31/44 Architects has defended its proposals for the redevelopment of a historic East End bell foundry after a heritage trust launched a bid to prevent the plans from going ahead
The practice is drawing up a scheme including a 95-bed boutique hotel for the former premises of the Whitechapel Bell Foundry, which has been based at the Grade II-listed home since 1740 but closed down last year.
Fourth-generation bell-founder Alan Hughes and his wife Kathryn sold the foundry, the birthplace of famous bells such as Big Ben at the Palace of Westminster and Philadelphia’s Liberty Bell, to US property developer Raycliff after struggling with rising costs and declining demand.
The proposals by 31/44 Architects, based near the foundry on Whitechapel Road, would see £7 million invested in ‘light touch’ restoration work to the foundry, the main alteration being the addition of a new stair ‘core’ to improve access.
Under the plans, an adjacent 1980s building and car park behind the foundry will be redeveloped to provide a 95-bed hotel with a restaurant and bar, which will be connected to the old foundry through a new glazed yard.
Raycliff said its plans would ‘celebrate’ the history of the site and allow the public to see the pit where Big Ben was cast in 1858. There are also plans to work with existing bell-makers to deliver a small on-site bell foundry.
However the project is facing opposition from the UK Historic Building Preservation Trust (UKHBPT), an industrial heritage charity founded by Prince Charles, and high-tech art business Factum Foundation which wants to reopen a fully-functioning foundry on the site.
The Trust has proposed alternative plans – outlined in a report titled Saved by the Bell – for a foundry that would specialise in casting bells, but which could also produce ‘special edition artworks in bronze and other materials’.
These rival plans have the backing from heritage groups and leading figures in the art world including sculptor Antony Gormley, chief executive of the Royal Academy Charles Saumarez Smith and architect Nicholas Grimshaw.
The Trust said its proposals include an ‘architectural approach’ delivered pro bono by architects Skene Catling de la Peña and Purcell for the restoration of the foundry’s heritage buildings and a new ’innovative’ nine-storey building.
But 31/44 has pointed out the trust does not own the site and that the rival plans for a new foundry could impact on the ‘already fragile’ UK bell market.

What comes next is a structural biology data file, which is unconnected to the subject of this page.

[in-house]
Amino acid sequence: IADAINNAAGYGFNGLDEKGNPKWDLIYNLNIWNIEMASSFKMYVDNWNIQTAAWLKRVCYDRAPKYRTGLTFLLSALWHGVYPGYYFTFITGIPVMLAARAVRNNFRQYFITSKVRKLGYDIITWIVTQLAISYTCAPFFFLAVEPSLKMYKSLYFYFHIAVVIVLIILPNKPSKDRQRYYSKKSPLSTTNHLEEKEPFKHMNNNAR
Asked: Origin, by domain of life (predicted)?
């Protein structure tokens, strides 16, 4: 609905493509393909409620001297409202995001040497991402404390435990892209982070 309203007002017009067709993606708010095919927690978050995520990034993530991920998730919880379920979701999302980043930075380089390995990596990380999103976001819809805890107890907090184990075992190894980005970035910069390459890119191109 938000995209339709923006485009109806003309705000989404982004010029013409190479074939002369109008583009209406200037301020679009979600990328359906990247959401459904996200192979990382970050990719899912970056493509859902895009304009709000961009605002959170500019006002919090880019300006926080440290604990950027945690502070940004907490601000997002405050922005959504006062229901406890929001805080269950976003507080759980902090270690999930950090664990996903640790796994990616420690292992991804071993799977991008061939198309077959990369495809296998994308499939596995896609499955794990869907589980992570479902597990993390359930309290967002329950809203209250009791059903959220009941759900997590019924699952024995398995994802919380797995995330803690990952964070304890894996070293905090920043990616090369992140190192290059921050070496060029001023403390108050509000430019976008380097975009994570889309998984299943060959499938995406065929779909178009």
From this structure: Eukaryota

Practice director Will Burges said: ’The [31/44] proposals are fully costed and viable and preserve, maintain and enhance public understanding of this important site in a manner which is authentic to Whitechapel.
’They inevitably reflect the next stage in the evolution of heavy industry in central London. The use of buildings has always evolved over long periods of time, but we hope that with careful work the stories attached to them can be held on to and carefully curated for future generations to understand.’
For their part, the Hughes family, which continues to run the Whitechapel Bell Foundry company from other sites, argues that the Trust is wrong to claim that the foundry will be ‘revitalised’ by their proposals.
’Their plans for a site that they do not own and for a business that they have nothing to do with are nothing more than an aspiration,’ said Kathryn Hughes.
But UKHBPT trustee Stephen Clarke said the Trust had made offers to Raycliff to buy the site and remained ready to ‘enter into commercial negotiations’.
He said: ’This is a business that every Londoner, everyone in this country and beyond, has something to do with. This is one of our most important pieces of heritage. We are not going to abandon it.
’It is a regret that the previous owner did not accept our proposal in March 2017 to acquire the foundry but instead chose to sell with vacant possession and to cease trading from Whitechapel.’
In a statement, Raycliff said: ’The alternative put forward by UKHBPT has significant issues, not the least of which is the prohibitive cost of purchasing land they don’t own, funding vital building maintenance and investment in equipment, as well as providing evidence of a viable ongoing business plan.’
The developer said it intends to submit a planning application in early autumn.